If you are looking for an attorney to help you with a speeding ticket, an expired tag, or a suspended driver’s license, this page will not be very helpful. However, if you are under investigation or have been charged with a felony traffic crime in Fort Walton Beach or Okaloosa County, keep reading.
Felony traffic offenses such as Hit and Run, Fleeing and Eluding, DUI with Injury, and DUI Manslaughter are often committed by people who have never been in trouble before—good people who never in a million years thought they would need to hire a criminal defense attorney. We understand that you are scared and worried about what’s going to happen. Whether you are a local Fort Walton Beach resident, a military member, or a visitor from out of town, you have come to the right place to get the help you need.
We Don’t Judge—We Defend
My name is Tim Flaherty. I’ve been a Fort Walton Beach felony traffic offense lawyer since 2001. My partner Brandy Merrifield has worked with me since 2007. We focus our practice 100 percent on criminal defense, and we’re ready to help you through this difficult time.
What to Do If You’re Under Investigation for a Felony Traffic Offense
If you are being investigated for Hit and Run/Leaving the Scene of an Accident or DUI With Injury or Death, our number-one piece of advice is: do not talk to the police. You have the right to remain silent, and you should exercise that right at all times.
Our second piece of advice is to pick up the phone and call Flaherty & Merrifield. We can offer a layer of protection by telling the police you are represented by an attorney. Once the police know that you have legal representation, they are not allowed to talk to you or try to manipulate you into incriminating yourself. This can make a huge difference in the eventual outcome of your case.
Felony Traffic Offenses in Florida
Any of the following felony traffic offenses in Fort Walton Beach or Okaloosa County can lead to a lengthy prison sentence and/or a permanent felony conviction on your record.
Hit and Run/Leaving the Scene of an Accident
When someone is in an accident where a person was injured or killed, the law requires you to remain at the scene to exchange information and to render aid to anyone who has been hurt. If you are accused of leaving the scene before the police arrive, you will be charged with Leaving the Scene of an Accident. If there was an injury, the charge is a third-degree felony with a maximum penalty of five years in prison. If there was serious bodily injury, the charge is a second-degree felony with a potential 15-year prison sentence. If there was a death, the charge is a first-degree felony with a maximum sentence of 30 years in prison and a mandatory minimum sentence of four years in prison per death.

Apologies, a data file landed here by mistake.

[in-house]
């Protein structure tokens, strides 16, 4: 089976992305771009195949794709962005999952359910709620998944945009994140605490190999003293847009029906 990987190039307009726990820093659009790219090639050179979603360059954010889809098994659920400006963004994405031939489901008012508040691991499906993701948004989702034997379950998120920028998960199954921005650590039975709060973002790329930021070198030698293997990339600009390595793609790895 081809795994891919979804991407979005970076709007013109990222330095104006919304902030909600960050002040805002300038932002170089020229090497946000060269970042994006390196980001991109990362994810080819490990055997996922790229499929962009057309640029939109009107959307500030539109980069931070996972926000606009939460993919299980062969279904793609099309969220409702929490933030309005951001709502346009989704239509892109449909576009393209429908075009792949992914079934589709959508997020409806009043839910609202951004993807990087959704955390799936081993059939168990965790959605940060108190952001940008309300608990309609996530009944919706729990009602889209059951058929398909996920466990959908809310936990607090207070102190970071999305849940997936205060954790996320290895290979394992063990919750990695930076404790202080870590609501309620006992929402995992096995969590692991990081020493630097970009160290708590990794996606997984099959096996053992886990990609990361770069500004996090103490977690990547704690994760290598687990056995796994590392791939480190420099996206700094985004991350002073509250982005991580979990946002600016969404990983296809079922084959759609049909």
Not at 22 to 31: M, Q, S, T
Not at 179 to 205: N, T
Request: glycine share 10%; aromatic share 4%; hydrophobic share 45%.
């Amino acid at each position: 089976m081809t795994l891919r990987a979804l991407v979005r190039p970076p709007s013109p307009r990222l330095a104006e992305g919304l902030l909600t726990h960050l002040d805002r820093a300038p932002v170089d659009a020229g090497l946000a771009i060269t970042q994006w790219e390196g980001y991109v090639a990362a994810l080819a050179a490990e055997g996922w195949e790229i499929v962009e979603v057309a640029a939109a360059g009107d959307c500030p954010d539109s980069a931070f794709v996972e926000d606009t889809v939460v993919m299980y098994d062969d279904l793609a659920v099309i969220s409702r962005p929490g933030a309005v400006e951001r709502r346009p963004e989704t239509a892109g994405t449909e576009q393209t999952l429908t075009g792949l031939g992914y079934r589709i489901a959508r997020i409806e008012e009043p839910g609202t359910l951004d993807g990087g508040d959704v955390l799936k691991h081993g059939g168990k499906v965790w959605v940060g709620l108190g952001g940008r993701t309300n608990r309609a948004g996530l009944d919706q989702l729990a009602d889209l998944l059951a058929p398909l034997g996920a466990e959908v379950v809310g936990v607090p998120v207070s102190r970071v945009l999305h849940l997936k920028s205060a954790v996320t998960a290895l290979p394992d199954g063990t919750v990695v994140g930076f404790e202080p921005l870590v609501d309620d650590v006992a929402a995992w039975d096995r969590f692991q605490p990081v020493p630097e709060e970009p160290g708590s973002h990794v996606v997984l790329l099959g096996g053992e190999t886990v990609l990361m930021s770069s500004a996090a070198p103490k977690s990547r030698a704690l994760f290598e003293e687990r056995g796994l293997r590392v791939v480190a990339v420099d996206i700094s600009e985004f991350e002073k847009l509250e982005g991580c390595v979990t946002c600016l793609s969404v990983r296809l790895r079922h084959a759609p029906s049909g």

In order to convict you of Leaving the Scene of an Accident, the state must prove beyond a reasonable doubt that you left the scene knowing that an accident had occurred and that someone had been injured or killed.
Fleeing and Eluding
When the police are trying to pull you over, they expect you to comply right away. If you don’t, they could charge you with Fleeing or Attempting to Elude Law Enforcement. This charge is a felony offense under Florida law. In order to convict, the state must prove that the driver willfully failed to pull over after being ordered to do so by an officer in a clearly-marked patrol vehicle that had its lights and siren activated.
Fleeing or Eluding is a third-degree felony with a potential five-year prison sentence. If the state alleges that you fled from the police at a high rate of speed that put the other drivers on the road at risk, you face a second-degree felony with a maximum 15-year prison sentence. If someone died or suffered a serious injury during the high-speed chase, the maximum sentence is raised to 30 years in prison with a mandatory minimum of three years in prison.
DUI With Serious Bodily Injury
In addition to the regular elements of a DUI charge, the state will be required to prove that the victim suffered injuries likely to cause great bodily harm or permanent disfigurement. Broken bones, or even injuries that required surgery, will not necessarily qualify as serious bodily injury.
DUI With Serious Bodily Injury is a third-degree felony punishable by five years in prison. Under Florida sentencing guidelines, it carries a minimum sentence of 21 months in prison if convicted.
If the state can prove that you were intoxicated to the point that your normal faculties were impaired and that you caused an accident that led to someone dying, you face the charge of DUI Manslaughter.
Under Florida law, DUI Manslaughter is a second-degree felony with a potential penalty of 15 years in prison. If you fled the scene of the accident or failed to assist a victim at the scene, the maximum penalty is increased to 30 years in prison.
Discuss Your Case With an Experienced Florida Felony Traffic Offense Defense Attorney
These charges shouldn’t be taken lightly. They demand a careful and thoughtfully planned defense strategy. At Flaherty & Merrifield, we’ve been defending Fort Walton Beach residents, military personnel, and out-of-town visitors since 2001. We know what is at stake and how important it is to get this right. If you’ve been charged with Hit and Run, Fleeing and Eluding, DUI with Serious Bodily Injury, or DUI Manslaughter, call us at 850-374-6273 or complete our contact form to schedule a free, no-obligation consultation.